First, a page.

Abstract Content (up to 300 words recommended)
Biomedical PhD education is challenged with meeting research training requirements to ensure students are equipped to contribute to new scientific knowledge, while also providing opportunities to develop more generic and transferable skills for broader career trajectories. Formalized coursework and career developmental activities are regarded as important but typically are not requisite within the research-training program, and as such are often are marginalised. Universities can provide generic skills development, but these workshops are not always appropriately tailored for Biomedical PhD students working off site at independent medical research institutes.
We surveyed students at two institutions, Peter MacCallum Cancer Centre and Walter and Eliza Hall Institute of Medical Research, concerning their understanding of generic and research skills requirements. This information formed the basis of a workshop entitled ‘Unpacking your research skills’. Resulting discussions made it apparent that students need help to recognise their existing skills and to identify areas for development. Particularly evident was their inability to recognise the skills they already have or are developing, and how these relate to general career skills.
To address these gaps and complement training programs already available, we developed a series of workshops focussed on 1) Career development, 2) Communication and 3) Leadership and management, each being tailored to a specific phase of the PhD.
Overall, students actively engaged with these workshops, as supported by formal evaluations and sustained attendance. Our goal of tailoring the program to support and encourage our students to enhance both their research and generic skills development at various phases of their degree has been successful. By complementing established conventional training for Biomedical PhD students, our program is enhancing the preparation of students for an increasingly competitive job-market while broadening their career options.Addressing the theme/s of the Conference (up to 200 words recommended)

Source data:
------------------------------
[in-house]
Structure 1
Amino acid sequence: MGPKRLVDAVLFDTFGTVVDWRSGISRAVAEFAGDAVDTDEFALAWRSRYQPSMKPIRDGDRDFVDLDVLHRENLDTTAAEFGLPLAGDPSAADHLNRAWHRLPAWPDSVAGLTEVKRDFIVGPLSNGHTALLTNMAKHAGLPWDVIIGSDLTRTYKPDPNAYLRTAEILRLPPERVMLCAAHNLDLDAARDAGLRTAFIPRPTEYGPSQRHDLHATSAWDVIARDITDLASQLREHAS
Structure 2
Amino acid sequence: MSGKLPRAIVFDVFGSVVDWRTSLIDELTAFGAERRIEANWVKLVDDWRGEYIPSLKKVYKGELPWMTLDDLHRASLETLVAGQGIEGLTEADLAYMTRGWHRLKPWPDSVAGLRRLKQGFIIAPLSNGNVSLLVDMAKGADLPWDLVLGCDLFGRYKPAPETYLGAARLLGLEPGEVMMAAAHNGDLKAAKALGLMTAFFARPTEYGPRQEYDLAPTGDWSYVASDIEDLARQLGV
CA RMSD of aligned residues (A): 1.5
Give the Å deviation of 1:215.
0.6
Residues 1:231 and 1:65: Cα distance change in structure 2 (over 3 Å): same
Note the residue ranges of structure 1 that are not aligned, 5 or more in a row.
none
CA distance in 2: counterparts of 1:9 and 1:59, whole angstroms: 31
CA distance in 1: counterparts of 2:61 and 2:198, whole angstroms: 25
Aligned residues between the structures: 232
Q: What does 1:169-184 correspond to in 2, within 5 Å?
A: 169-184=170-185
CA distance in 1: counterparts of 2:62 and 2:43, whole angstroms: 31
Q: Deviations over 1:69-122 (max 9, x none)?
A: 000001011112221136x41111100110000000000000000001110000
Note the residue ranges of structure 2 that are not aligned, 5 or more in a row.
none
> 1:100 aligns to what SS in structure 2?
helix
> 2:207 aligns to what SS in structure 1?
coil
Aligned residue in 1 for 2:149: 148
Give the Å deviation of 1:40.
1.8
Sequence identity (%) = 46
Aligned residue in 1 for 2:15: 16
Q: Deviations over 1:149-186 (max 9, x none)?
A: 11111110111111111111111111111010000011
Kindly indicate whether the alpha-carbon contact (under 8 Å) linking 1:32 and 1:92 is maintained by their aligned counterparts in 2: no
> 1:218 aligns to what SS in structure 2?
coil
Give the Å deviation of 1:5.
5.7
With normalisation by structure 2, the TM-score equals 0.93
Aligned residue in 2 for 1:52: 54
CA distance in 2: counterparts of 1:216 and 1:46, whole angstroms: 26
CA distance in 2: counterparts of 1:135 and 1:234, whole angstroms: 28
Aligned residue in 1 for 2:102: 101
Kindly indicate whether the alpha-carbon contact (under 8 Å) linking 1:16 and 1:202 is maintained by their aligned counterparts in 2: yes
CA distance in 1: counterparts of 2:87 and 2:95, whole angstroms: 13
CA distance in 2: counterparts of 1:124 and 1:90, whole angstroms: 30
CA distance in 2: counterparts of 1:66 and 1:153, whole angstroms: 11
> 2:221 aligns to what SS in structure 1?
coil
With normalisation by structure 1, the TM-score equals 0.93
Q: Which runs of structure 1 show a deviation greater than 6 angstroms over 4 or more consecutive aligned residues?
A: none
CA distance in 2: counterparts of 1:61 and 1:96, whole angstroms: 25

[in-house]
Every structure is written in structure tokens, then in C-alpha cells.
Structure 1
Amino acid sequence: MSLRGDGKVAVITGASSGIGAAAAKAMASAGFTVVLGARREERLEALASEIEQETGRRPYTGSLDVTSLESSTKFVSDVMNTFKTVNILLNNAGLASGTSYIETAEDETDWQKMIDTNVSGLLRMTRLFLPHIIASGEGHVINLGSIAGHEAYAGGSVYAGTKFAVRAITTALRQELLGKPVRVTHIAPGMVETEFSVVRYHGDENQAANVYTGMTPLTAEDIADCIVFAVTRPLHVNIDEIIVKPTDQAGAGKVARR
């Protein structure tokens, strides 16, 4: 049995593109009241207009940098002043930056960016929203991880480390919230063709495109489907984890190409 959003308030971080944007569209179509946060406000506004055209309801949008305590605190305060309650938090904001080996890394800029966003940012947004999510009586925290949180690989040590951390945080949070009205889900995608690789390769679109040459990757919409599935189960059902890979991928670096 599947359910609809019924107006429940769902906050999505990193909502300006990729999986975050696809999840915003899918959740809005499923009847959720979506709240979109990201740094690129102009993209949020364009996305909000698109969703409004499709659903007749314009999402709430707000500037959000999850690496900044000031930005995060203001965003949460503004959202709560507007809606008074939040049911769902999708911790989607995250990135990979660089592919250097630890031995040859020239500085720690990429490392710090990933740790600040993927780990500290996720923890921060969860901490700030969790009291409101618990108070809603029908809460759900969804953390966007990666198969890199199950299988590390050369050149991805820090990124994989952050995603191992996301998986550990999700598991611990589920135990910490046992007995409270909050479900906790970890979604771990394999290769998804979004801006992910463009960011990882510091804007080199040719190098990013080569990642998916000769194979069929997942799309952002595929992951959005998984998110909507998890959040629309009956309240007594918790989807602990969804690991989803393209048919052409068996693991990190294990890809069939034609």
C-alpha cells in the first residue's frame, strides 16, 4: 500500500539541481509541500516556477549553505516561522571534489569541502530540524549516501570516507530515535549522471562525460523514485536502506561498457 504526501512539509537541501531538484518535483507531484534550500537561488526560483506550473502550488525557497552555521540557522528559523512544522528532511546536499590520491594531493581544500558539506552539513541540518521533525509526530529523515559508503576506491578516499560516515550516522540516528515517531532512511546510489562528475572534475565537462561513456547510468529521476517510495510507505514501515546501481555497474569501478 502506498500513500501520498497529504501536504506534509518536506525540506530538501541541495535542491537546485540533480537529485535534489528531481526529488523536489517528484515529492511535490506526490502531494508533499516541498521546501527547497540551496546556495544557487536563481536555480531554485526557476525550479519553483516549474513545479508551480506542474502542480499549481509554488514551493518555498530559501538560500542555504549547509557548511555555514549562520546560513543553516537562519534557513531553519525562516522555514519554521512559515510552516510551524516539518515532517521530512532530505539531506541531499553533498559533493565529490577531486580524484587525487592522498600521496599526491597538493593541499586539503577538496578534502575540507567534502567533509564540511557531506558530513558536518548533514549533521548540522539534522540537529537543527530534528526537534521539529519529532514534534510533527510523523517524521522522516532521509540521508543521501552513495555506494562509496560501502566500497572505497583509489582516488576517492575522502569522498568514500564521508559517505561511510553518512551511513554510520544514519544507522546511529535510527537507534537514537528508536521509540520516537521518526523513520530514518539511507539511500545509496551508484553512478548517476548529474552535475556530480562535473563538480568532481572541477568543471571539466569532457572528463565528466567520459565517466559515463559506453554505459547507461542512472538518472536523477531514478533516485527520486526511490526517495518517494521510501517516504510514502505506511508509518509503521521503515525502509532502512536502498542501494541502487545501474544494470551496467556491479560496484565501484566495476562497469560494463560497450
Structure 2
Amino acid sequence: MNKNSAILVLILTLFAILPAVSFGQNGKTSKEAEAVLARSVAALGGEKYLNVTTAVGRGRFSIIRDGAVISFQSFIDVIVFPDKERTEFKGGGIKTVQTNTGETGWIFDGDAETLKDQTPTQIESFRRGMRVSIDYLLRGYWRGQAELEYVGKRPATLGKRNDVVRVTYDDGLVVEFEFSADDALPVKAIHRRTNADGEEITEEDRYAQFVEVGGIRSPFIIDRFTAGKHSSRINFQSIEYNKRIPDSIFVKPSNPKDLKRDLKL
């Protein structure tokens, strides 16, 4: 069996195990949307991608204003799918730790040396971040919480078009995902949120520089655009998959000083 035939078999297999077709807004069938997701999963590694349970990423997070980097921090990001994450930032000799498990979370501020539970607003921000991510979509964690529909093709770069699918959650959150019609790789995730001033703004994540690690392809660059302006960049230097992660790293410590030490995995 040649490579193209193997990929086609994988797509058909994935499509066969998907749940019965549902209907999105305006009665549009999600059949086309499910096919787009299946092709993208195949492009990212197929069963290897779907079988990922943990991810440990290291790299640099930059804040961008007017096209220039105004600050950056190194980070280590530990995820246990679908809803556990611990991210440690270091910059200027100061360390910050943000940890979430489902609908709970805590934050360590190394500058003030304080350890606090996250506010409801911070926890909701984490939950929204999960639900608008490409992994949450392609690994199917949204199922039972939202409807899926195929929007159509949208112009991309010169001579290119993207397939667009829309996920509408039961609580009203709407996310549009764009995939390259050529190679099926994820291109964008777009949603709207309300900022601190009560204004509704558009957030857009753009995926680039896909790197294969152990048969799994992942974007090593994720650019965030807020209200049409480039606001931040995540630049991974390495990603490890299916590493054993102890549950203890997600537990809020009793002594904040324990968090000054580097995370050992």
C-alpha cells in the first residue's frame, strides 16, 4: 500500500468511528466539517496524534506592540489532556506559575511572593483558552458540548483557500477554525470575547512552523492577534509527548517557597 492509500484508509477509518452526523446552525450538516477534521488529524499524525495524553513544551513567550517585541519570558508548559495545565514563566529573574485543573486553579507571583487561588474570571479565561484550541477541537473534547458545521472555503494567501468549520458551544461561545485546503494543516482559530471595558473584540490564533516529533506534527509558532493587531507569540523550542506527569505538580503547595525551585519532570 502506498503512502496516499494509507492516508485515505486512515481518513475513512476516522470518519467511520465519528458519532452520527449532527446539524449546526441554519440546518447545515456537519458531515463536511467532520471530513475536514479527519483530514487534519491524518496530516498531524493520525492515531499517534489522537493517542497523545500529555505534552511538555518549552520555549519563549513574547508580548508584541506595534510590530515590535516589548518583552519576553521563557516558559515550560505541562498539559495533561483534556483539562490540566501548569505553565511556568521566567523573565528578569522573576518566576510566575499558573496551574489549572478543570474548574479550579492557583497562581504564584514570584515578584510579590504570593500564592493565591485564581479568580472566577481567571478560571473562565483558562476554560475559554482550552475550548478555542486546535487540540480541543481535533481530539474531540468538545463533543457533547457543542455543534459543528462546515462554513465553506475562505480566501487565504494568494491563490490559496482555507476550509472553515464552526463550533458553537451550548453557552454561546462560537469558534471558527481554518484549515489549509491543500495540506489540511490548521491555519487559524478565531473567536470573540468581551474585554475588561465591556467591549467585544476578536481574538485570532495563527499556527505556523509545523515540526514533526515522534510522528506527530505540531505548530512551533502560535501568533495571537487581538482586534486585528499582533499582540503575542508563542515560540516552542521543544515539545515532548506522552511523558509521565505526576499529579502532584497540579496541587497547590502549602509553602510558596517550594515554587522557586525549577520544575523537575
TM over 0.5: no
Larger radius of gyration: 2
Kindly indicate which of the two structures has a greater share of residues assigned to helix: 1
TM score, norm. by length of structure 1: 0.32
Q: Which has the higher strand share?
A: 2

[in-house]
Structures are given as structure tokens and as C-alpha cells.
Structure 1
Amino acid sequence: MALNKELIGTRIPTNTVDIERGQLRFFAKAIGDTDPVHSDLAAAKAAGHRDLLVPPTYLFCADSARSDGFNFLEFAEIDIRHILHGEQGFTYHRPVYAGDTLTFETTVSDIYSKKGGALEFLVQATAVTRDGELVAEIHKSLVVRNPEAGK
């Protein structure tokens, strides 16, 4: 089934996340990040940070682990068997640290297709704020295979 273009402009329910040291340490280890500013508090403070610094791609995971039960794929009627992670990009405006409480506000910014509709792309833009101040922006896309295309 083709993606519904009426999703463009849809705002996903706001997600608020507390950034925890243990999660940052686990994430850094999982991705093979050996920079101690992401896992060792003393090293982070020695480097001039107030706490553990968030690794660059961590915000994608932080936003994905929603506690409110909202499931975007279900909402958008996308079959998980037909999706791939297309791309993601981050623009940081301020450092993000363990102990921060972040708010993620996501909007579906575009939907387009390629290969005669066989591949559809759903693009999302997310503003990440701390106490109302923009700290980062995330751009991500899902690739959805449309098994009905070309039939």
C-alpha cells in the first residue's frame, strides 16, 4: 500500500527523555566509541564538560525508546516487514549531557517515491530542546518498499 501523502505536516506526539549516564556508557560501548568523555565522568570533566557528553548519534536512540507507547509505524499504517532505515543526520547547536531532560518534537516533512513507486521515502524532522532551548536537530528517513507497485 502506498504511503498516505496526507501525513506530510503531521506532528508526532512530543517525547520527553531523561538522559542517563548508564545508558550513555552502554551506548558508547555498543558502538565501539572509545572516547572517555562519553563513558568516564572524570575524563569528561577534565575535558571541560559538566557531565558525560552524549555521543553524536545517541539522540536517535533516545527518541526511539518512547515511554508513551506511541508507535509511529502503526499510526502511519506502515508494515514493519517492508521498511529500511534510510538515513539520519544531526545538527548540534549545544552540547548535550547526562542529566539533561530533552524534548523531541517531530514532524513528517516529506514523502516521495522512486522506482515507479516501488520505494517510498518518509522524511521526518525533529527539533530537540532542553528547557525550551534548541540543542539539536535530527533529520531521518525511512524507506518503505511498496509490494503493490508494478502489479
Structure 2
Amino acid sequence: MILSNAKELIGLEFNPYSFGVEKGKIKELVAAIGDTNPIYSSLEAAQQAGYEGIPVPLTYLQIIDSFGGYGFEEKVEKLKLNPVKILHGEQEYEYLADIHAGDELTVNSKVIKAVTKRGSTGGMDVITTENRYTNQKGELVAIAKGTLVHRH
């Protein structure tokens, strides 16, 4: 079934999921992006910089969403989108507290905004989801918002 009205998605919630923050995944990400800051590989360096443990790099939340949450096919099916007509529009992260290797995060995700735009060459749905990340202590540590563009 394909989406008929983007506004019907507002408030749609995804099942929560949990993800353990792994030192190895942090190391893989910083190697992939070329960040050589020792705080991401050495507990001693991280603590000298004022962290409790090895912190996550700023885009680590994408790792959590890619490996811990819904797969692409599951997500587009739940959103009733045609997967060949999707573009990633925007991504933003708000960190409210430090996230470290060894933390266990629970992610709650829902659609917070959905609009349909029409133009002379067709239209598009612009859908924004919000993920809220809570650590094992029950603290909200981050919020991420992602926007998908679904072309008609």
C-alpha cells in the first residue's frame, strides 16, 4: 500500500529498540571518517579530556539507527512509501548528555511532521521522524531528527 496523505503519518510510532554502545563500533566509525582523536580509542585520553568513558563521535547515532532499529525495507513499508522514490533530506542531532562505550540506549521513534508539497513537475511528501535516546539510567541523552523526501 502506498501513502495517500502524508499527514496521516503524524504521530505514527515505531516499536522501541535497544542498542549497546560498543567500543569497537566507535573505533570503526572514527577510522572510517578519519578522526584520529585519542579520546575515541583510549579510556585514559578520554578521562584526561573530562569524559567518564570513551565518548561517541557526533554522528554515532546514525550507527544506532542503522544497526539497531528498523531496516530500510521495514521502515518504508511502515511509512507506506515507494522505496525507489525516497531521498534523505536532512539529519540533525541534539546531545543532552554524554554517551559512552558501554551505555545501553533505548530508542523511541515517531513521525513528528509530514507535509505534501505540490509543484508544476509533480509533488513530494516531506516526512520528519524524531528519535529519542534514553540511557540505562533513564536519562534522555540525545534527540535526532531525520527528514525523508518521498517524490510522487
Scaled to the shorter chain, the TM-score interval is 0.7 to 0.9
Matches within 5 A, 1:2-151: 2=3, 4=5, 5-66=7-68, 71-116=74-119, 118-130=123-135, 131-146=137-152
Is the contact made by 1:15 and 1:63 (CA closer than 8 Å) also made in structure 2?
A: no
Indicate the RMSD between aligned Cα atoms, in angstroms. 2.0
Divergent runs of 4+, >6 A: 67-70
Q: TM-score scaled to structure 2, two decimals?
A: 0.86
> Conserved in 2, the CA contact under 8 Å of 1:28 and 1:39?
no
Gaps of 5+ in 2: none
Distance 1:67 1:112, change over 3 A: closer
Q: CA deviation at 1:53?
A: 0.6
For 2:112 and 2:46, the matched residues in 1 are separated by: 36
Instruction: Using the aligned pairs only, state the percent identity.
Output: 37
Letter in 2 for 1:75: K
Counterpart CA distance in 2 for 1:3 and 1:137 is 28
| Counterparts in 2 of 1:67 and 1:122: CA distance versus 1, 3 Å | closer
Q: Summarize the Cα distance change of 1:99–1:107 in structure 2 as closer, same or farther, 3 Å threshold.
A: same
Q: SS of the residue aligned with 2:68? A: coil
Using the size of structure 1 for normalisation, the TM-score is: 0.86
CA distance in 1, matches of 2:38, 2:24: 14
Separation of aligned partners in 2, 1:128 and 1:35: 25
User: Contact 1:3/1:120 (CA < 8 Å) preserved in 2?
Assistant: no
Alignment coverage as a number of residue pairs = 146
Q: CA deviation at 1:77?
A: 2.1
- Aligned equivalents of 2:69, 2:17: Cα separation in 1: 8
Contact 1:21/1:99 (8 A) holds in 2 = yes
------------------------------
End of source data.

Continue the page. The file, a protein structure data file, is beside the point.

In an increasingly competitive research world, biomedical PhD graduates are forced to expand their career trajectories into non-academic and non-research positions that require a broader repertoire of skills. In supporting this change, an issue in developing and running postgraduate research training programs is the degree to which additional studies – either formalized coursework, or other personal or career developmental activities – can be used to facilitate postgraduate research skill development. A challenge for Biomedical PhD education is to meet the immediate scientific research requirements to allow the student to make a contribution to new knowledge, while also providing opportunities for students to develop more generic and transferable skills for broader career trajectories.
The research education programs at Peter MacCallum Cancer Centre and the Walter and Eliza Hall Institute of Medical Research are rising to the challenge of providing greater opportunities for students to strengthen their generic or professional skills. In addition we also are strengthening the opportunities for our research students will develop a higher degree of independence and leadership during their candidature. We are therefore committed to developing world-class researchers with key transferrable skills that can be translated into leadership practices giving rise to responsive and adaptive professionals.